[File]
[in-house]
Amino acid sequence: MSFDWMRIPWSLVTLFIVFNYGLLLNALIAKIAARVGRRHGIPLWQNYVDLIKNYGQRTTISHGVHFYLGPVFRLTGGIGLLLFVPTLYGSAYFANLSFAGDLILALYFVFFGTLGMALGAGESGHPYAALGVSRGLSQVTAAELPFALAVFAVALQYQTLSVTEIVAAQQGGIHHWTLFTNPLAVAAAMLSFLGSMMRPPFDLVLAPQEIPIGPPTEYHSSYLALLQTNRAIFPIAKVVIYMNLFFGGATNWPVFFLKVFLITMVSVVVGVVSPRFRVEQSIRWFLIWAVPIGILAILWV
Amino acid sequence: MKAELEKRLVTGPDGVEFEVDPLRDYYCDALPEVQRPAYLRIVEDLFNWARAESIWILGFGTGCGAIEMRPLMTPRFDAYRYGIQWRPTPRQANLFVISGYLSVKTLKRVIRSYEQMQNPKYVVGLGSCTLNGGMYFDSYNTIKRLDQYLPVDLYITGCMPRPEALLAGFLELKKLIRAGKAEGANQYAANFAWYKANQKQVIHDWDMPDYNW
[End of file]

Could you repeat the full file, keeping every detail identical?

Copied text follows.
[in-house]
Amino acid sequence: MSFDWMRIPWSLVTLFIVFNYGLLLNALIAKIAARVGRRHGIPLWQNYVDLIKNYGQRTTISHGVHFYLGPVFRLTGGIGLLLFVPTLYGSAYFANLSFAGDLILALYFVFFGTLGMALGAGESGHPYAALGVSRGLSQVTAAELPFALAVFAVALQYQTLSVTEIVAAQQGGIHHWTLFTNPLAVAAAMLSFLGSMMRPPFDLVLAPQEIPIGPPTEYHSSYLALLQTNRAIFPIAKVVIYMNLFFGGATNWPVFFLKVFLITMVSVVVGVVSPRFRVEQSIRWFLIWAVPIGILAILWV
Amino acid sequence: MKAELEKRLVTGPDGVEFEVDPLRDYYCDALPEVQRPAYLRIVEDLFNWARAESIWILGFGTGCGAIEMRPLMTPRFDAYRYGIQWRPTPRQANLFVISGYLSVKTLKRVIRSYEQMQNPKYVVGLGSCTLNGGMYFDSYNTIKRLDQYLPVDLYITGCMPRPEALLAGFLELKKLIRAGKAEGANQYAANFAWYKANQKQVIHDWDMPDYNW